Broken Hill Managed Aquifer Recharge
The Broken Hill Managed Aquifer Recharge (BHMAR) project was undertaken to investigate and provide recommendations for groundwater-related options to help secure Broken Hill’s water supply during drought; reduce evaporation and improve water efficiency at the Menindee Lakes Storages; protect the local environment and heritage; and return up to 200 gigalitres (GL) to the Murray-Darling Basin.
Location of the BHMAR project
area (purple line) spanning a portion
of the Lower Darling valley within
the Murray Geological Basin (green line)
and the Murray-Darling river catchment
area (white line)
The project is a key element of the Federal Government’s 2007 election commitment of up to $400 million for improving the management of the Menindee Lakes area in far western New South Wales and is managed by the Australian Government Department of Sustainability, Environment, Water, Population and Communities (SEWPaC)
In the southern half of Australia, recent droughts and predictions of a drier future under a number of climate change scenarios have led to the search for innovative strategies to identify more secure water supplies for regional communities and industries, while also delivering environmental benefits to threatened river systems. These issues are of particular concern in the Murray-Darling Basin, where the recent Millennium Drought (late 1990's-2010) adversely affected many communities, industries and the environment. While subsequent heavy rains and flooding associated with La Niņa weather cycles broke the drought in late 2010 onwards, there is general acknowledgement that longer-term strategic solutions are needed to protect communities against future droughts and to achieve a healthier working Basin.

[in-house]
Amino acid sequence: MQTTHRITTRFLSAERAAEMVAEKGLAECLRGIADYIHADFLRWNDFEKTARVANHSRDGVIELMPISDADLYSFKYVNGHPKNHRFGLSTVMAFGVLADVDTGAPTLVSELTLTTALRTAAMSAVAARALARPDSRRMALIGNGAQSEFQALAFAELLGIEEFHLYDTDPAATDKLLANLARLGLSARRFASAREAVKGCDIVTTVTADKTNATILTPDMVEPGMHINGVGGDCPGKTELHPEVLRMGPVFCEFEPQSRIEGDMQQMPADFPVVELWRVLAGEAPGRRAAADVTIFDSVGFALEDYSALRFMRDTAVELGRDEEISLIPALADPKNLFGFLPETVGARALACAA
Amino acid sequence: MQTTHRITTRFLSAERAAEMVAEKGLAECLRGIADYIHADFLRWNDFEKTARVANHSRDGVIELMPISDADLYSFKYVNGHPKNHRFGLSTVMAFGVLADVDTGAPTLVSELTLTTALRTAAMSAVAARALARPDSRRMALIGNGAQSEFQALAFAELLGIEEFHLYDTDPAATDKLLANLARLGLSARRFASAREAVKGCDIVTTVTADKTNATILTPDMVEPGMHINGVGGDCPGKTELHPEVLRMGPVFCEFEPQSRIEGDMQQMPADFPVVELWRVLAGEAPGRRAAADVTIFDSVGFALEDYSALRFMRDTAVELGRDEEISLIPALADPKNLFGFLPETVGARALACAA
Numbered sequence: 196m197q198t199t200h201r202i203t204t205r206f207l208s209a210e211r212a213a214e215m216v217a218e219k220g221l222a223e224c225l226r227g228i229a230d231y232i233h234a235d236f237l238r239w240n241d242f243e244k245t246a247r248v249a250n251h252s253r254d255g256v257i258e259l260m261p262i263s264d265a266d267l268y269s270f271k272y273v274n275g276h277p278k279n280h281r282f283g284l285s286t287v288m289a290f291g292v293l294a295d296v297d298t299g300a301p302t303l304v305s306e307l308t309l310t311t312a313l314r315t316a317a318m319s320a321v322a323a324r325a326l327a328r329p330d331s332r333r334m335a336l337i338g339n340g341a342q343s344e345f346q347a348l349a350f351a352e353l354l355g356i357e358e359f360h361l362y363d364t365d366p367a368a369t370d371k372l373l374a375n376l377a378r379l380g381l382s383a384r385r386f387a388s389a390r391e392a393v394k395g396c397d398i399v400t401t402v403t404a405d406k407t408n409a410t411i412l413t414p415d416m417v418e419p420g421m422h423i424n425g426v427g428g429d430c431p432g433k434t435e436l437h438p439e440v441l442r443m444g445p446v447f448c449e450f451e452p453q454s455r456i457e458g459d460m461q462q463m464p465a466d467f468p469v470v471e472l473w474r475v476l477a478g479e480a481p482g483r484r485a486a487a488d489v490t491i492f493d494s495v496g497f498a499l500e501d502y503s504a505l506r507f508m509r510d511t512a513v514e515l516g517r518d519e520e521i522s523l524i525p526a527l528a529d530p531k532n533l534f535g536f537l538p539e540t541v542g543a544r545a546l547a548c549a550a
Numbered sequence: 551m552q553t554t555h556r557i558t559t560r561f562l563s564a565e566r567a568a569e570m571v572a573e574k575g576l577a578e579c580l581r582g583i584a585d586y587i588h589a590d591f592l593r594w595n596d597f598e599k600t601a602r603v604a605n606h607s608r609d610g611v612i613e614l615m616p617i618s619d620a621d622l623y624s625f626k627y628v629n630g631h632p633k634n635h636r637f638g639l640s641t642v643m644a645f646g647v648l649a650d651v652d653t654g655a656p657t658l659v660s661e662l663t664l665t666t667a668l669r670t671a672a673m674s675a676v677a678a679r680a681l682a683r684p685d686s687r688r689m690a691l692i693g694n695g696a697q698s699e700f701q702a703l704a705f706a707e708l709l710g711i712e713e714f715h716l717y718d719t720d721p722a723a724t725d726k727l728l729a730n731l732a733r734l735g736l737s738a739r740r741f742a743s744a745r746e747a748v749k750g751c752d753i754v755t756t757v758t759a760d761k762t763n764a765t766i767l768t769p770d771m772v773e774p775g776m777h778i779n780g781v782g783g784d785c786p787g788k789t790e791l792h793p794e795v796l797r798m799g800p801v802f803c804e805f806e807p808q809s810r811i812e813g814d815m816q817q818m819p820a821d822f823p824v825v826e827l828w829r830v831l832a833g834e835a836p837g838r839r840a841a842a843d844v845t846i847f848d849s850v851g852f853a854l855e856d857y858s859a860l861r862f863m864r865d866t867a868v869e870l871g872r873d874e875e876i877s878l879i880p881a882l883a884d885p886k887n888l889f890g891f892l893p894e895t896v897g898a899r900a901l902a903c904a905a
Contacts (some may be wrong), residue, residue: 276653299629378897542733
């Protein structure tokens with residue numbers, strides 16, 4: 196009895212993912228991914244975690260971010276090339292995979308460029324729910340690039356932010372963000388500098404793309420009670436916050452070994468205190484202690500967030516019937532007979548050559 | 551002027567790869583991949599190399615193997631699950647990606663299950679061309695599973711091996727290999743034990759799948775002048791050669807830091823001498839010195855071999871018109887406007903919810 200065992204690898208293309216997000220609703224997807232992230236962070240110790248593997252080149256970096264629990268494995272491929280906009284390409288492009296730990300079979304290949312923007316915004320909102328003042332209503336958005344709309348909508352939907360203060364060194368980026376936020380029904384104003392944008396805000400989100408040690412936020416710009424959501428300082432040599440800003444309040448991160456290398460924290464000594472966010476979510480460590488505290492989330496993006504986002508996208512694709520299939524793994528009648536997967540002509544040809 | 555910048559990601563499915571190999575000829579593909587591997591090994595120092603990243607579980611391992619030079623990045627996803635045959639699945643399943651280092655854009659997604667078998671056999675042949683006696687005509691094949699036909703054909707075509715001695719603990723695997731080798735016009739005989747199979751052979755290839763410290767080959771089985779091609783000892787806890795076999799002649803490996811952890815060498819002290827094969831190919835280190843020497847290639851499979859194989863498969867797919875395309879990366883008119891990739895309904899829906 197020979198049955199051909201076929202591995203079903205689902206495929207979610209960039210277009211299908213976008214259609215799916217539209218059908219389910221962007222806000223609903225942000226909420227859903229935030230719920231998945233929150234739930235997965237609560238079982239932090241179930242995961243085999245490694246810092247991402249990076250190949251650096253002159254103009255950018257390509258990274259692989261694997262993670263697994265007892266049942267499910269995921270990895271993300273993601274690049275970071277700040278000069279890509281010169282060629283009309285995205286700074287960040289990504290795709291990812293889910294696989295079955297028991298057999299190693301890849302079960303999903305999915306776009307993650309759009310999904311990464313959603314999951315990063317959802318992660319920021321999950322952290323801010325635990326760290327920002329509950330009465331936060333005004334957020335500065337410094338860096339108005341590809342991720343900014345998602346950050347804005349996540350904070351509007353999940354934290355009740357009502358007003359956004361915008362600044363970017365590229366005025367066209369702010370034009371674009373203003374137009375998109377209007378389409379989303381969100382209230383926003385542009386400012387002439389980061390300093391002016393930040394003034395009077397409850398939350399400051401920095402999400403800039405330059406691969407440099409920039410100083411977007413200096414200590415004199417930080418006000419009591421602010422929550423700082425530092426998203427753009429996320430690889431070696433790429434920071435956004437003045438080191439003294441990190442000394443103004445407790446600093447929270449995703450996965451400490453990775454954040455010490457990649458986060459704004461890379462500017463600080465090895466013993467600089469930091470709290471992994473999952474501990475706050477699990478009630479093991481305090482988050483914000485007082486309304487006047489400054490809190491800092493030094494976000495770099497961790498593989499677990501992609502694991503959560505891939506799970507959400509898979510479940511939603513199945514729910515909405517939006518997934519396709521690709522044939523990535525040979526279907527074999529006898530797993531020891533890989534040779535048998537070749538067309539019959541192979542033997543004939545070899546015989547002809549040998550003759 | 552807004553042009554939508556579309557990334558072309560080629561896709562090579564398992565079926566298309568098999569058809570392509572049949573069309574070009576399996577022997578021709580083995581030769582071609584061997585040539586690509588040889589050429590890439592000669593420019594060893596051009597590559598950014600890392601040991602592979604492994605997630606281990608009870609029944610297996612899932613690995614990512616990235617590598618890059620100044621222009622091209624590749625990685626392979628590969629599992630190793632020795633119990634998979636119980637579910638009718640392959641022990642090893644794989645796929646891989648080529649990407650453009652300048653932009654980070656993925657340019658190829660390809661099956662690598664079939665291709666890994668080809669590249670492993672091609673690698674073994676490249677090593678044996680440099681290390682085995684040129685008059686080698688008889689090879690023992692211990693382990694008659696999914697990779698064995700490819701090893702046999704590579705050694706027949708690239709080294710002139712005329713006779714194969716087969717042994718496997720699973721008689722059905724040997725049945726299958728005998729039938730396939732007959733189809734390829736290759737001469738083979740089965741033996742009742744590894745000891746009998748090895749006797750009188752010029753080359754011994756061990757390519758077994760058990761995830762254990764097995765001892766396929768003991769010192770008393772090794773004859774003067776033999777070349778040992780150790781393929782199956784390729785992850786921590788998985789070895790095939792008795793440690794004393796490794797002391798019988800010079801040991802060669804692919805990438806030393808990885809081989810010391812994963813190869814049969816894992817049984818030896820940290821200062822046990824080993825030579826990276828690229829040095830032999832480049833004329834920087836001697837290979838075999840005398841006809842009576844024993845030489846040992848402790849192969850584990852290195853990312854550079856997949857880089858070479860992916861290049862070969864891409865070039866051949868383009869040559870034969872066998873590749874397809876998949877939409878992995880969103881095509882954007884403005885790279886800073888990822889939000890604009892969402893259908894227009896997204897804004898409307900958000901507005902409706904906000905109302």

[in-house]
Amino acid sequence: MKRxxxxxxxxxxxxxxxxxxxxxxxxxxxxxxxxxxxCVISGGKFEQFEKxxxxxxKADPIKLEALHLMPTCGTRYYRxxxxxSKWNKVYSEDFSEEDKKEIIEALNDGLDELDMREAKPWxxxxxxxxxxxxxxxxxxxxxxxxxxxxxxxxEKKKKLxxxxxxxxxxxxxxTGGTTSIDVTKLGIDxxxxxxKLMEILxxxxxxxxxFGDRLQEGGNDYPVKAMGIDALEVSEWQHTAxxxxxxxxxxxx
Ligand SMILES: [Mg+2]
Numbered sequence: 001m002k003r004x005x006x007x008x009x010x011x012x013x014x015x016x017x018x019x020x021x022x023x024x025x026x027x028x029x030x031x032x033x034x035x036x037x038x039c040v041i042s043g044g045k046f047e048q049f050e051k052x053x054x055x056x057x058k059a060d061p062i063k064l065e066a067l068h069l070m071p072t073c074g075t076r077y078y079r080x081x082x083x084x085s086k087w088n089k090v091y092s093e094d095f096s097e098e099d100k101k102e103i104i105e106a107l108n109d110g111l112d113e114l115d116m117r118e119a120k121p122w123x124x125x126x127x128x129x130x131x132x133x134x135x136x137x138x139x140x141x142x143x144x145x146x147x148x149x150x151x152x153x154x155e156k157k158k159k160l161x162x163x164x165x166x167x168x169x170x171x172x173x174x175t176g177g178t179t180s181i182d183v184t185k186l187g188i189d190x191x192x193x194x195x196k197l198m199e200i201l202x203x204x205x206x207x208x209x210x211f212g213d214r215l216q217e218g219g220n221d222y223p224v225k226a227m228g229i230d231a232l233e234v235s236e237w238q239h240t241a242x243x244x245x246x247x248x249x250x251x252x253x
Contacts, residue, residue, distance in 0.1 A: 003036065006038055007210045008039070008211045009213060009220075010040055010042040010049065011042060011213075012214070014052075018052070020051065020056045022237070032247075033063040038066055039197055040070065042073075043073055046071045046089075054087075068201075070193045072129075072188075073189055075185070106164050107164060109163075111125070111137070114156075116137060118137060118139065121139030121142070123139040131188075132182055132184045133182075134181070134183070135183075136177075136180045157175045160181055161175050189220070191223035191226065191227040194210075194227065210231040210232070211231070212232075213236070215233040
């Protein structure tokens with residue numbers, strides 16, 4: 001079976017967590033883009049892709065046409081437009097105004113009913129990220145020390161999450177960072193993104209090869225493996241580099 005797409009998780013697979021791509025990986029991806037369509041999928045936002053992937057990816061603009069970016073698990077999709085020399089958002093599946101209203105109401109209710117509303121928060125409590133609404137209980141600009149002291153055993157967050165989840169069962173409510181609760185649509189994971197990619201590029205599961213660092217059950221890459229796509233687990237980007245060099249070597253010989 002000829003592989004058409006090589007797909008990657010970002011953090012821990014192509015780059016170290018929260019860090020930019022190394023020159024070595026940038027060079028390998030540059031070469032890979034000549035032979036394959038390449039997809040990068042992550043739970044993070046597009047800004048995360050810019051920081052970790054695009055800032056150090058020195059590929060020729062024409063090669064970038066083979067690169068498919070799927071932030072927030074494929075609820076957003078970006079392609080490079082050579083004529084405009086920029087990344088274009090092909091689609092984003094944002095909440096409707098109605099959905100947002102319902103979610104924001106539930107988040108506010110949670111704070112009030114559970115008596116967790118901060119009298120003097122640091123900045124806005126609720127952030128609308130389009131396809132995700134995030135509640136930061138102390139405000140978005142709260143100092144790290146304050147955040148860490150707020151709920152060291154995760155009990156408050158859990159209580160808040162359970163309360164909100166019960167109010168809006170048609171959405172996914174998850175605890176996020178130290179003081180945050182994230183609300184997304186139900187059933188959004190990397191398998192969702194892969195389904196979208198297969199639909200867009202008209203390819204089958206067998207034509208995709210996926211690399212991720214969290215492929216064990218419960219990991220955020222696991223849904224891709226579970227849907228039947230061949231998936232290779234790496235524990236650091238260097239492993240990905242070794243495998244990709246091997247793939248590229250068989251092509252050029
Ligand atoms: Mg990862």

Beginning in 2008, the BHMAR has become the largest hydrogeological investigation project undertaken by the Australian Government in the past 30 years, and has delivered outcomes that could herald a new approach to water security in Australia by using aquifers during drought periods to reduce our dependence on surface water.
Results and reports from the Project will be released on both the Geoscience Australia and the SEWPaC websites.
Topic contact: email@example.com Last updated: September 2, 2013